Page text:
Day Eight (4/6) — Puerto Moreno

MargaretSCheng 28 2014 04 06.jpg

We’re back at our starting point, Puerto Moreno, because the boat needs to get restocked and readied for our second week of cruising, this time through the Southern Islands of the Galapagos. If we had been a typical one-week cruise, we’d have disembarked after breakfast this morning and driven to the airport to return to the mainland. Instead, we’re having a low key day as we get for another spin around the islands.

Lobb 36 2014 04 06 DSC6313.jpg
Lobb 38 2014 04 06 DSC6326.jpg

The blog entry will be a little short today because I’m remaining on the boat and doing some other much-needed writing. I don’t want to get home and have two-weeks of no writing for books and the main sites behind me. I also spent part of the morning washing clothes, cleaning gear, and rearranging my cabin to get rid of the week’s worth of clutter I had accumulated. No photography for me today.

A small group of the workshop participants went out to a beach about an hour’s drive from town to spend the morning. 

Lobb 39 2014 04 06 DSC6341.jpg
JOY - Galapagos-Panga Ride @ San Cristobal 20140406  J6A6554.jpg

Even fences won’t keep a sea lion off your boat (and getting them back off becomes harder, too). 

MargaretSCheng 27 2014 04 06.jpg
Jari Kobylka  2014 04 06 1060819.jpg

After lunch, most of the group went for either a snorkel or a panga ride looking for shorebirds. We did do a short image review session with everyone after lunch, but that’s the extent of my workshop work today.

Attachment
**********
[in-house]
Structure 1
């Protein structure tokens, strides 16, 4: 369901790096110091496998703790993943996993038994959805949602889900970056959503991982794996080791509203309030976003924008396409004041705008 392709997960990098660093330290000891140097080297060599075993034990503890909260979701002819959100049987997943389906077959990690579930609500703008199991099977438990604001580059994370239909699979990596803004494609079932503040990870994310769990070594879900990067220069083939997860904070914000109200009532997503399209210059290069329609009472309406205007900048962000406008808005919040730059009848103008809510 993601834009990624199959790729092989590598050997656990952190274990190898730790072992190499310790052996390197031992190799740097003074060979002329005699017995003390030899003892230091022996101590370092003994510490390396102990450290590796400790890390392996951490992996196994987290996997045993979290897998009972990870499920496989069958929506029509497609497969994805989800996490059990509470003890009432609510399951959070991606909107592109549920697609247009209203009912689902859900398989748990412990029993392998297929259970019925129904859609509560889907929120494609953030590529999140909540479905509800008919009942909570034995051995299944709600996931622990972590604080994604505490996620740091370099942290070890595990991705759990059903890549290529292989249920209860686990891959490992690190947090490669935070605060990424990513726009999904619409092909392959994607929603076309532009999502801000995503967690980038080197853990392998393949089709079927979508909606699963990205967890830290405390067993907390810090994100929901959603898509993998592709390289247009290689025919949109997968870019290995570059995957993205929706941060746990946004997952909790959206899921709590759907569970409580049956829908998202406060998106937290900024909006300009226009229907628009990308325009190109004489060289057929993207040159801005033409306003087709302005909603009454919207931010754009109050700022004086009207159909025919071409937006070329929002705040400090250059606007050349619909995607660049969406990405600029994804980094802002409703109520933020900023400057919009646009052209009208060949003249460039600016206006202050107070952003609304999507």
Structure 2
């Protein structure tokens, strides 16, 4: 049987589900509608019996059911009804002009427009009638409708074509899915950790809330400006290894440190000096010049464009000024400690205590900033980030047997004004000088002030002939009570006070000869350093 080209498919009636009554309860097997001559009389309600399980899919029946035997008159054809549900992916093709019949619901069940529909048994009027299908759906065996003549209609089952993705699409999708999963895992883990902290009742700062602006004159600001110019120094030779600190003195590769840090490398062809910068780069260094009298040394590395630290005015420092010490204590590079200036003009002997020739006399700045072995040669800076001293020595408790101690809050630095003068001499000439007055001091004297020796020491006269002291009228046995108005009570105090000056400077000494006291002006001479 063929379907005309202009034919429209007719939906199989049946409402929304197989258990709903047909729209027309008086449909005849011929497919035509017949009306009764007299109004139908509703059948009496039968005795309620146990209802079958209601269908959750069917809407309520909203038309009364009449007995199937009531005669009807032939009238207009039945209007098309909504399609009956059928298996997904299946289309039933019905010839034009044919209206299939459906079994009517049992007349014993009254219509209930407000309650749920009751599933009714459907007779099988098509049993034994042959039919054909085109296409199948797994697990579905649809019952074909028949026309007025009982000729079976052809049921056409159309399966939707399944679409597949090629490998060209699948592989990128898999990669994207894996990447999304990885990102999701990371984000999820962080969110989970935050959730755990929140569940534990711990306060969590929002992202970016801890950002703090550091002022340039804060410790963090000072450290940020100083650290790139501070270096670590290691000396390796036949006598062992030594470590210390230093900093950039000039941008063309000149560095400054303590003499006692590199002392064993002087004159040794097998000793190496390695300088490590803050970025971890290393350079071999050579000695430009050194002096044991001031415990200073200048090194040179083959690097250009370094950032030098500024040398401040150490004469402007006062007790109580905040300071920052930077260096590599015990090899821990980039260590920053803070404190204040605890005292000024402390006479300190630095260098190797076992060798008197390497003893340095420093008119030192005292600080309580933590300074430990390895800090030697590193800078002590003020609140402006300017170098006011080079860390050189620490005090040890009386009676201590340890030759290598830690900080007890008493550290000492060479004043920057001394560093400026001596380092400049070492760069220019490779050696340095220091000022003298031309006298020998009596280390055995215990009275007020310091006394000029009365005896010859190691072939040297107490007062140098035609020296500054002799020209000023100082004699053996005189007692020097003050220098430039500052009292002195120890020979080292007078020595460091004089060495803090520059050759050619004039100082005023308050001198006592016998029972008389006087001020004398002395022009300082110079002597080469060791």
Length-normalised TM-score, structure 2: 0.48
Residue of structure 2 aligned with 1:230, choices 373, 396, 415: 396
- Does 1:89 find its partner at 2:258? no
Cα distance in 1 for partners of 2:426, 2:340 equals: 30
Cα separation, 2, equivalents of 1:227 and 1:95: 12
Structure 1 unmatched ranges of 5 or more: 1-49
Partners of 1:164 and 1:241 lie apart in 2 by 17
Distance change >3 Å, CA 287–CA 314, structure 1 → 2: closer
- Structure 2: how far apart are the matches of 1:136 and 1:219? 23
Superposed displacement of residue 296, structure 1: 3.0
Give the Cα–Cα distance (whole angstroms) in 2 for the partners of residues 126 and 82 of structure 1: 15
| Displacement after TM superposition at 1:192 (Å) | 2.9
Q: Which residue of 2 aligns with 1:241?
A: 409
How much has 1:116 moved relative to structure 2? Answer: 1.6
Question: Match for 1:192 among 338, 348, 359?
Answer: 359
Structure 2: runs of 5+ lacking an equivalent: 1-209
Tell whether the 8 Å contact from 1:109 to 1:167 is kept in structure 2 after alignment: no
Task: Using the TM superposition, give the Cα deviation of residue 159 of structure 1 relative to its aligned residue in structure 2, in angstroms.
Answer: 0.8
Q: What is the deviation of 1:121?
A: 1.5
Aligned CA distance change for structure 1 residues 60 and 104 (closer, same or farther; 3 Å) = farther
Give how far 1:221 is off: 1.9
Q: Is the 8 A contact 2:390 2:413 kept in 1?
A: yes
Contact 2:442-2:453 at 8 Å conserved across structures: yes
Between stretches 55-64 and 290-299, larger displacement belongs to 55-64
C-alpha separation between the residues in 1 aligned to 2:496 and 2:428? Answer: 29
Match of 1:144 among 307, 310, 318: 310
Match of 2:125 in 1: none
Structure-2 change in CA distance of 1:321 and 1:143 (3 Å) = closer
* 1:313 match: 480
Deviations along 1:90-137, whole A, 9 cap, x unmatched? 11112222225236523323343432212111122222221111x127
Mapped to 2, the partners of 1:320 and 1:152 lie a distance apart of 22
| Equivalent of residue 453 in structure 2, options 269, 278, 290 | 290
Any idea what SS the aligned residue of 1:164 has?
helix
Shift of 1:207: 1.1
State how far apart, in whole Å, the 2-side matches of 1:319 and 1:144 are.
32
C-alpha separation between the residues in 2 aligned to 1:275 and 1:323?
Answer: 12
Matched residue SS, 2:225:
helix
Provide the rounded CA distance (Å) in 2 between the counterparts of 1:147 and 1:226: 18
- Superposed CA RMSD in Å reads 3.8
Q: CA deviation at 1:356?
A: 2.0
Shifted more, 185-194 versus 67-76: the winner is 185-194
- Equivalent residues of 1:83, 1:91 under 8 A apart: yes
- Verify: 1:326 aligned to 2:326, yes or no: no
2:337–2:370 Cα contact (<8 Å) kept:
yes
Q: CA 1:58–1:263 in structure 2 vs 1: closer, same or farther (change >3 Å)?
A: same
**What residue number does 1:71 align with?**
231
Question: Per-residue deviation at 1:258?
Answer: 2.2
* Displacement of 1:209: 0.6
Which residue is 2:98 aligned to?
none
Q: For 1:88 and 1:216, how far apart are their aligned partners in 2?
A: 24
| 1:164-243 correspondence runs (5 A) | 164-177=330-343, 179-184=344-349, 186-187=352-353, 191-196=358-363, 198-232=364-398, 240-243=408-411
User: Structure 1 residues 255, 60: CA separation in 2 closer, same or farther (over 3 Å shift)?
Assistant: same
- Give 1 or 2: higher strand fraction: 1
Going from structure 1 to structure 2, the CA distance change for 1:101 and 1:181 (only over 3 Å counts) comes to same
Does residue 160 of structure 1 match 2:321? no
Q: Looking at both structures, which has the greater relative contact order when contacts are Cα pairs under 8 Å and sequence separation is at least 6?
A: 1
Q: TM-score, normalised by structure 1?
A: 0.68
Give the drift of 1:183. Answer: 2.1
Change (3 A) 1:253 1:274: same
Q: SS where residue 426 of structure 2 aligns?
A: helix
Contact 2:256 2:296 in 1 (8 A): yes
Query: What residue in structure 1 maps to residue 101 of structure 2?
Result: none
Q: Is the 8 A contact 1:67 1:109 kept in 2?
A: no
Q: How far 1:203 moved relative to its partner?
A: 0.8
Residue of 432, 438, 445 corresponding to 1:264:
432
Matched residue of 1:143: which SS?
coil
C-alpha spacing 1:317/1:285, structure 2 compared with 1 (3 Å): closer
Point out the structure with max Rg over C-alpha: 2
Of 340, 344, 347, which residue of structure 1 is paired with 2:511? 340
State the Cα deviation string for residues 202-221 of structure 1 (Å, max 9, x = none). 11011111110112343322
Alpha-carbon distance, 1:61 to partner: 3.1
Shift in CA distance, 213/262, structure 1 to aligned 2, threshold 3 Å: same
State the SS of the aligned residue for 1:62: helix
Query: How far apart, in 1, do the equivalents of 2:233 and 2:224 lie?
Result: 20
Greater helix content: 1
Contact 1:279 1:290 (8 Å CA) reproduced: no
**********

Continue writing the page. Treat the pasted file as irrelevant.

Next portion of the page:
Jari Kobylka  2014 04 06 1060881.jpg
Jari Kobylka  2014 04 06 1070036.jpg
RGraves-3053 - 20140406.jpg

So, a slow Sunday. There will be more to report tomorrow, as we head up the coast to two locations that should be rewarding. And then later in the week we hit two of my favorite places in the islands.

One thing before closing the document and moving on to other work: one week in the Galapagos is too brief, in my opinion. It’ll feel a little whirlwind, and you often don’t get second chances at a lot of the animals due to the way they’re distributed on the islands and your fixed itinerary. On the other hand, two weeks is a bit much to be deeply intense into the photography side. So if you come to the islands for a two-week trip, find a day in the middle where you can just relax and unwind. It’ll usually come right at the 7 day mark with the boat in port, so you can even make it a “stroll around town” day if you want. Put the camera away as I did today and give the photographic mind a bit of subconscious time to think. That way when you start hitting those more exotic animals a second time in the second week, your brain will be ready to help you improve your shots. 

Now watch what’s going to happen: the shots from the second week will all go downhill on me ;~). I hope not. But time will tell. Still, that’s my advice: relax in the middle of a two-week Galapagos trip.

 Looking for gear-specific information? Check out our other Web sites:
DSLRS: | mirrorless: | Z System: | film SLR: all text and original images © 2024 Thom Hogan
portions Copyright 1999-2023 Thom Hogan
All Rights Reserved — the contents of this site, including but not limited to its text, illustrations, and concepts,
may not be utilized, directly or indirectly, to inform, train, or improve any artificial intelligence program or system.